Digital Influence is one of the hottest trends in social media, yet is largely misunderstood. The Rise of Digital Influence, the new report (March 2012) by Altimeter Group Principal Analyst Brian Solis is a ‘how-to’ guide for businesses to spark desirable effects and outcomes through social media influence.
The report helps companies understand how influence spreads, and it includes case studies in which brands partnered with vendors to recruit connected consumers for digital influence campaigns. Brian evaluates the offerings of 14 Influence vendors, organizing them by Reach, Resonance, and Relevance: the Three Pillars that make up the foundation for Digital Influence as defined in the report.
How do brands handle the power of key influencers?
Also included are an Influence Framework and an Influence Action Plan to help brands identify connected consumers and define and measure strategic digital influence initiatives.
Plenty has been written about the significant role played by a carefully organised and orchestrated social campaign for The Hunger Games. So I’ll simply jump to my ‘thinslice,’ namely how the movie marketers used fan response to tweak as they went along. First of all though consider that this process is much like gaming company wooga carefully monitors user response to tweak aspects of its online games to help boost engagement and thus ROI.
Secondly, to get back to The Hunger Games, and to illustrate what this means – the value of feedback from fans – to be able to optimise your campaign here’s a key quote from Lionsgate’s senior vice president for digital marketing Danielle DePalma:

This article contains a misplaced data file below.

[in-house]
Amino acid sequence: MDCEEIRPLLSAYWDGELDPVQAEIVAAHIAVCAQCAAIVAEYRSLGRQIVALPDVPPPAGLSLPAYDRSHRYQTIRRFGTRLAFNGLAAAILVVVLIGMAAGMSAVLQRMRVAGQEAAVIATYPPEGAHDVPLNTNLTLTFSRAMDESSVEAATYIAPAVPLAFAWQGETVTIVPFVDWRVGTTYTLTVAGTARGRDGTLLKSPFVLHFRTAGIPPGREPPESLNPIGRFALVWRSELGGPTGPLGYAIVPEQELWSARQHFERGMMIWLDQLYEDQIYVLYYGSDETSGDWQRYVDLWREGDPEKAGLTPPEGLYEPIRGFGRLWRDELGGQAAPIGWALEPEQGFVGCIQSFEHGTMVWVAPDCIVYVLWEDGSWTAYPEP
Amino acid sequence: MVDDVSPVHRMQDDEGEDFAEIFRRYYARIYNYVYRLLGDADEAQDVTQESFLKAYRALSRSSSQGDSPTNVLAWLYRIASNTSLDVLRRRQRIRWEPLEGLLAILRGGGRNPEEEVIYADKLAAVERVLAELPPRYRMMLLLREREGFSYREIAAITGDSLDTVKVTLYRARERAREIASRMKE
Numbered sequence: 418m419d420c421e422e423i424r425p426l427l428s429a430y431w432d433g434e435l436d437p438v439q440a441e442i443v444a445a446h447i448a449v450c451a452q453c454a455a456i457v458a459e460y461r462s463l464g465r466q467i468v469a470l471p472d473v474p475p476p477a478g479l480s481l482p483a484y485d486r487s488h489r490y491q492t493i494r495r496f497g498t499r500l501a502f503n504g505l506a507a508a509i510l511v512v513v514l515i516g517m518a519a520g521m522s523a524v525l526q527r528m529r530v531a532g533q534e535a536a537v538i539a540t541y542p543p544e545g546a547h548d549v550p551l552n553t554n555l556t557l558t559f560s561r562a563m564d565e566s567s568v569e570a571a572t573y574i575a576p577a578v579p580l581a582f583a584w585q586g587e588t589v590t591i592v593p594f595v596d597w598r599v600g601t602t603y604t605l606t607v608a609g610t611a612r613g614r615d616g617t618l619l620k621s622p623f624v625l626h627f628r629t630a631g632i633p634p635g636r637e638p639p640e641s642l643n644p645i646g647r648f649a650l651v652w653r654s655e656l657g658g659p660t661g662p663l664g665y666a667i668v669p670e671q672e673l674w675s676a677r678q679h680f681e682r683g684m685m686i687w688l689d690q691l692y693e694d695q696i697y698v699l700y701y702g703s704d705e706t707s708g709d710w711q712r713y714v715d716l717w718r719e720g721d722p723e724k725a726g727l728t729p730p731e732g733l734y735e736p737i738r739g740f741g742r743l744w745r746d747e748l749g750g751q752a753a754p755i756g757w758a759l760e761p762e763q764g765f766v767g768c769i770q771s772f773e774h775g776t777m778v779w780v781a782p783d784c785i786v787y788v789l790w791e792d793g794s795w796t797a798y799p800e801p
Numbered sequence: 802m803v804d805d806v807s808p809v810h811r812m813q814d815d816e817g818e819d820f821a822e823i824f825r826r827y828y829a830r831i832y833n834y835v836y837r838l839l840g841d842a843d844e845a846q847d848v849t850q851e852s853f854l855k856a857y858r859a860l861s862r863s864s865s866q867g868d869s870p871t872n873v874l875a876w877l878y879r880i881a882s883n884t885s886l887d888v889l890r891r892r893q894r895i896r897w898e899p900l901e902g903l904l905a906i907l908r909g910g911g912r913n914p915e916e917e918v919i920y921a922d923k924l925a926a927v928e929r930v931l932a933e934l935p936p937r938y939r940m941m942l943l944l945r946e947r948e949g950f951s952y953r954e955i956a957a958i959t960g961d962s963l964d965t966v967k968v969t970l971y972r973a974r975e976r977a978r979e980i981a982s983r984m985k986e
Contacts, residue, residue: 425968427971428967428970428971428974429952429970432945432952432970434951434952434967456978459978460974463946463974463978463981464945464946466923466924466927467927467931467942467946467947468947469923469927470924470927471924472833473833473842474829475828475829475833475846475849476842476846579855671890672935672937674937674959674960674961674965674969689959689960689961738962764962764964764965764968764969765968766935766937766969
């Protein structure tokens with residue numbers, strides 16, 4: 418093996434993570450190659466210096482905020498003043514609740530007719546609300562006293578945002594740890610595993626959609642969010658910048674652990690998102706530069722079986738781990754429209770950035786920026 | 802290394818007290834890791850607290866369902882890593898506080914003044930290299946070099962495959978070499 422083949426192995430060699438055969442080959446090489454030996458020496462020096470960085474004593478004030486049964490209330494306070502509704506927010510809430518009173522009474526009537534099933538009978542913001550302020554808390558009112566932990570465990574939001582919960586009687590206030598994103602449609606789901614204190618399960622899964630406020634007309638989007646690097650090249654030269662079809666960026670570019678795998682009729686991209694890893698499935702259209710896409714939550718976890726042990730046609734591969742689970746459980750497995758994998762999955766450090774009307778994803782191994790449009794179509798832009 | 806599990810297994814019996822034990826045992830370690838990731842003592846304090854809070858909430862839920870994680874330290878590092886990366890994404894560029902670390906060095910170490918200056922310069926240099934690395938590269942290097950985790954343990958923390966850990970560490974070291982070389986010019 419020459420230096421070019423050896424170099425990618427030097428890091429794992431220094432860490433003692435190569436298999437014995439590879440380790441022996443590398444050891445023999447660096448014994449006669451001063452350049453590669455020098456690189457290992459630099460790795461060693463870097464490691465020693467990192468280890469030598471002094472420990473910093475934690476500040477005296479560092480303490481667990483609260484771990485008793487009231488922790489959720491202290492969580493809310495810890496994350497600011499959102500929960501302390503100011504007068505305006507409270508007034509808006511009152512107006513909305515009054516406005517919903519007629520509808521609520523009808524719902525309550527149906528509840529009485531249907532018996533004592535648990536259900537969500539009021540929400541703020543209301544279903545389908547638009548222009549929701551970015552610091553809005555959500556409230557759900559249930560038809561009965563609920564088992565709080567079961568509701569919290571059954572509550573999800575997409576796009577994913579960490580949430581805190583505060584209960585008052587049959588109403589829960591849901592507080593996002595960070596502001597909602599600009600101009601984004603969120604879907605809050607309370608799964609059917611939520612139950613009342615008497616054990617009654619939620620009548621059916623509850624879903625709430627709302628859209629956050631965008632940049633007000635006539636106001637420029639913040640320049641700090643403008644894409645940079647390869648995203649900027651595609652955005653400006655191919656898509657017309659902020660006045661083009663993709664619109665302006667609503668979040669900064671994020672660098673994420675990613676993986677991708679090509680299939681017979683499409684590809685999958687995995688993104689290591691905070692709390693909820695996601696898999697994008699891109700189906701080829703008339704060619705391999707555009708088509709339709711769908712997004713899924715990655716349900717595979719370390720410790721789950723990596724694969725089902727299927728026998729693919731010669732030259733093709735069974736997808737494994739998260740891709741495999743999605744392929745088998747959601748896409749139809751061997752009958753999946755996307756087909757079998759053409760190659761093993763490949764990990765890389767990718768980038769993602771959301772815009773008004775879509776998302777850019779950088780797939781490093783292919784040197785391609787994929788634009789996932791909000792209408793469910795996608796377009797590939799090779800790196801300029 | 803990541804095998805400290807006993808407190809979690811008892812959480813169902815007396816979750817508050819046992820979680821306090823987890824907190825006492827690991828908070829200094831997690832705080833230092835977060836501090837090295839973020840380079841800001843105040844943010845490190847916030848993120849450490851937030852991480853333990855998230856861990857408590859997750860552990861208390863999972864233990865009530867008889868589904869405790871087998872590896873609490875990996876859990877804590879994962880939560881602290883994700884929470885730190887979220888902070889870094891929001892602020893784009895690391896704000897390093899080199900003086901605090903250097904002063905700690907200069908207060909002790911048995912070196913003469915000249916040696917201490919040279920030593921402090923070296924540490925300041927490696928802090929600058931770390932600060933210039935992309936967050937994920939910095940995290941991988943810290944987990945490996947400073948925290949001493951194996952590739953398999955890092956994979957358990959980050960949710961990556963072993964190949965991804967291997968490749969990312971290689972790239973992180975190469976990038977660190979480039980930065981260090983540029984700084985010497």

“What seemed to work the best, too, was fan-created content. I mean, the Peeta memes were always the top performers. That’s how we were really learning about what our audience liked most, through those Facebook results.” This character-focused social media strategy is also backed up by Crimson Hexagon’s analysis of the factors impacting on the success of Julian Fellowes, creator of the popular period drama ‘Downton Abbey’, with the US version, ‘The Gilded Age’ soon to be launched:
“Our analysis indicates that in order for Fellowes to recreate “Downton Abbey” with “The Gilded Age,” he must develop compelling, witty characters with strong moral convictions.”
In other words (ref: my previous post on the value of thinslicing), joining together how your audience behaves (qualitative) with what the data tells you (quantitative), gives you the intelligence to optimise your campaign as you go along – providing you possess the level of organisation and flexibility to allow that to happen (context) effectively. That’s what we’ve been doing at Sony EU in Q3 to good effect too, on the back of the colossal success of ‘Skyfall’.
What this means is that social media marketeers have to think and act on fan data much more like online gaming companies if they are going to both engage their customer base, and deliver real returns.